What started last fall as a few old friends talking about getting together has snowballed (with the help of a Facebook page) into a reunion of hundreds of former residents of Lathrop Homes this weekend – and connections with current residents who are working to preserve the historic CHA development as affordable housing.
Six hundred former residents are expected for a dinner dance tomorrow night at the White Eagle Banquet Hall in Niles (October 17, 6 to 11 p.m.). The event will raise funds for the Daniel Cotter Boys and Girls Club, where many participants belonged while growing up in the low-rise development along the Chicago River. During the day they’ll gather for tours of Lathrop Homes and nearby Schneider School and an open house at the Cotter Club, starting at noon.
“It was very positive growing up there,” said Jose Zayas, whose family lived at Lathrop from the 1950s to the ’70s, and who still lives nearby. “It still is for the families that are still there.”
“It was a neighborhood; everyone knew each other,” he recalled. “There was all the green space. And there were these anchor institutions, the boys’ club, the Crane Childcare Center, the churches….Looking back, it was the families and it was the institutions that are still there.”
The high rate of vacancies, as CHA has refused to rent out vacated units, “impacts the residents in not really having a neighborhood,” he said. Currently only about 200 units out of a total of 925 are occupied.
“It’s really sad,” said Scott Shaffer, a Humboldt Park resident who cochairs Lathrop Homes Alumini Chicago, of the vacancies. When he visits now, he says, “it really hits you…It’s something so great that they want to take away.”
While CHA’s final plans for Lathrop are still under discussion — it’s the only remaining development listed as “to be determined” in the tenth year of the agency’s ten-year plan for transformation — the current parameters would require replacing existing buildings with new construction at much greater density.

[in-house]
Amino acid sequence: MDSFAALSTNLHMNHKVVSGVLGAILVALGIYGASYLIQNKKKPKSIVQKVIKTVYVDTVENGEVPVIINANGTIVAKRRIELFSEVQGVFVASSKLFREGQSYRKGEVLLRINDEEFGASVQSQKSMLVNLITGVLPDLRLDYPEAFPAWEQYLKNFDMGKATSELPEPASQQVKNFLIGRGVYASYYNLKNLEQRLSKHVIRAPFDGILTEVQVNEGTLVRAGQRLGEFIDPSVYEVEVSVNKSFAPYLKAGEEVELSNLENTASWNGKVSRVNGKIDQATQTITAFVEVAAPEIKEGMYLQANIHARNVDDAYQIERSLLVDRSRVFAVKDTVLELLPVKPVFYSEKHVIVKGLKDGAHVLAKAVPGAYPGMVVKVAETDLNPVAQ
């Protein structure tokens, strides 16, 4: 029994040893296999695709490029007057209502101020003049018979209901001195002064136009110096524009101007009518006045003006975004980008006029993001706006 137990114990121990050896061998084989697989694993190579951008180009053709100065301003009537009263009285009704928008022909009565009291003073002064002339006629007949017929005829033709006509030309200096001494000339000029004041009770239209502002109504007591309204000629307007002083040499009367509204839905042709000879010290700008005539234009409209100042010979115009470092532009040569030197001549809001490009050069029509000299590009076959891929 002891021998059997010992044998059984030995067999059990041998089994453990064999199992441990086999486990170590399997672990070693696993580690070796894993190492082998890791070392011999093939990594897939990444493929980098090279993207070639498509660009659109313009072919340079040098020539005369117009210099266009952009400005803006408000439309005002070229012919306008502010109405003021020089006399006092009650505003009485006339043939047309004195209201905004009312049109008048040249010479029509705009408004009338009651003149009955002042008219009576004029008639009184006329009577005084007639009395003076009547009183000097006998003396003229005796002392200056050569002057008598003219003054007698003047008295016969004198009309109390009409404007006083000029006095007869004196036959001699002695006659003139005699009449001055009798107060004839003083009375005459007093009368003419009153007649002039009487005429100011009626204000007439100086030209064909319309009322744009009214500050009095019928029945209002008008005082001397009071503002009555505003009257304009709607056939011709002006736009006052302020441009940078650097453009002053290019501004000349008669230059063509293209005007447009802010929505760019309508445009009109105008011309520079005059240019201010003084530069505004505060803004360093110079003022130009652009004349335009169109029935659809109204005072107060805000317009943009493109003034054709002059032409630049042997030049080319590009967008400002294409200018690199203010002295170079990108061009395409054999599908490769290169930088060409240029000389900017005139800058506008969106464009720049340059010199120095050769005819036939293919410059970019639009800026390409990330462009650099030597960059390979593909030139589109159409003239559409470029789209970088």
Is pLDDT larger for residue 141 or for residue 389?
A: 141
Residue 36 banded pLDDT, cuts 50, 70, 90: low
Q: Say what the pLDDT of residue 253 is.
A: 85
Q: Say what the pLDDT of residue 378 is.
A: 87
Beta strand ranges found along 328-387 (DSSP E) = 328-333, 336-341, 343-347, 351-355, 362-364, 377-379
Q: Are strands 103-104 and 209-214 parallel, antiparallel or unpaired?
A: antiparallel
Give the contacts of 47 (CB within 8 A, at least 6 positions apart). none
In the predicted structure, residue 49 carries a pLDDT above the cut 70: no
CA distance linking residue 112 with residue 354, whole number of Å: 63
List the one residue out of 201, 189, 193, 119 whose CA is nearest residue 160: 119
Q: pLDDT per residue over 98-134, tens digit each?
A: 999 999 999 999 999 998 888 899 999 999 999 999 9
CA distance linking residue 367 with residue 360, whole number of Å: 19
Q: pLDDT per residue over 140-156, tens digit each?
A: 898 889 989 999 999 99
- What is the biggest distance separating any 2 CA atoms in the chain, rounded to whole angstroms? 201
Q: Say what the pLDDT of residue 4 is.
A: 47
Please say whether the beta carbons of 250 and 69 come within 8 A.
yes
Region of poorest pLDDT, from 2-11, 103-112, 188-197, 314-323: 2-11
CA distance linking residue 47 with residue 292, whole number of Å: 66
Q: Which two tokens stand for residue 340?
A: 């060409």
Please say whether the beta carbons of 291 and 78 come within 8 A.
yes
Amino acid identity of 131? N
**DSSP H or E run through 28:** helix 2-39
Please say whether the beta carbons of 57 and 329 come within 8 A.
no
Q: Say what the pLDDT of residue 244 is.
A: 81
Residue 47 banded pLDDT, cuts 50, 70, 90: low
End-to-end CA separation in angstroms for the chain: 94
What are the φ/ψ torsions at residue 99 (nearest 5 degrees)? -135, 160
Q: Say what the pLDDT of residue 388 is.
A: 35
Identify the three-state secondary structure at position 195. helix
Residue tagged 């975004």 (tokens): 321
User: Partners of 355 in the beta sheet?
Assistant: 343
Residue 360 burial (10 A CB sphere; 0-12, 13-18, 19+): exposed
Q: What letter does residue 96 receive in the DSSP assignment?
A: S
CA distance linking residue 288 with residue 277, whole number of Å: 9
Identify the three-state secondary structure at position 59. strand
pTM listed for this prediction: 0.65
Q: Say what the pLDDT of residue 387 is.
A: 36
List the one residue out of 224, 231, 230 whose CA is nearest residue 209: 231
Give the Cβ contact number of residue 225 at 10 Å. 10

As they’ve learned of the threat to Lathrop Homes — listed as endanged by Preservation Chicago (pdf) and Landmarks Illinois – Shaffer and several other alumni have joined Zayas, who was working with residents and community groups on the Lathrop Leadership Team to preserve the buildings.
They say the current scale and setting is ideal — low-rise brick buildings in a “garden city” design, with landscaping (designed by the lengendary Jens Jensen) now mature and lush — and top-notch supportive nonprofits are on-site. (The Crane Center, which moved to Lathrop Homes in 1963, was founded in 1907 by Jane Addams, who was a colleague of Julia Lathrop at Hull House; among other distinctions, Lathrop was appointed as the first director of the federal children’s bureau when it was founded in 1912.) Preservation would allow developers to make use of generous historical rehab tax credits.
And they say that focusing on public and affordable housing is appropriate in a neighborhood where a wave of high-end condo development has cost residents thousands of units of affordable rentals. CHA’s insistence on including market-rate housing in the redevelopment makes the plan dependent on volatile market conditions, and new construction would expose residents to even longer delays.
CHA’s request for qualifications should be recast so that it is open to nonprofit developers of affordable housing, they say.
“These buildings are good, solid, beautiful, historic buildings,” said reunion organizer Betty Howard. “There’s a dire need for low-income housing, and this area has been set aside for that purpose since the 1930s.”
(It was following protests organized by Howard and some friends in the mid-60s that the Lathrop Homes Boys Club began admitting girls. “We wanted access and we got it,” she said.)
Zayas says he agrees with residents’ demands (see Newstips 10-22-08) that vacant units be occupied. “It’s a moral issue, having 700 units shut when you have people who desperately need that housing right now,” he said.
Current residents will be among those speaking at tomorrow night’s event; the hope is to encourage more alumni to get involved in preservation efforts, organizers say.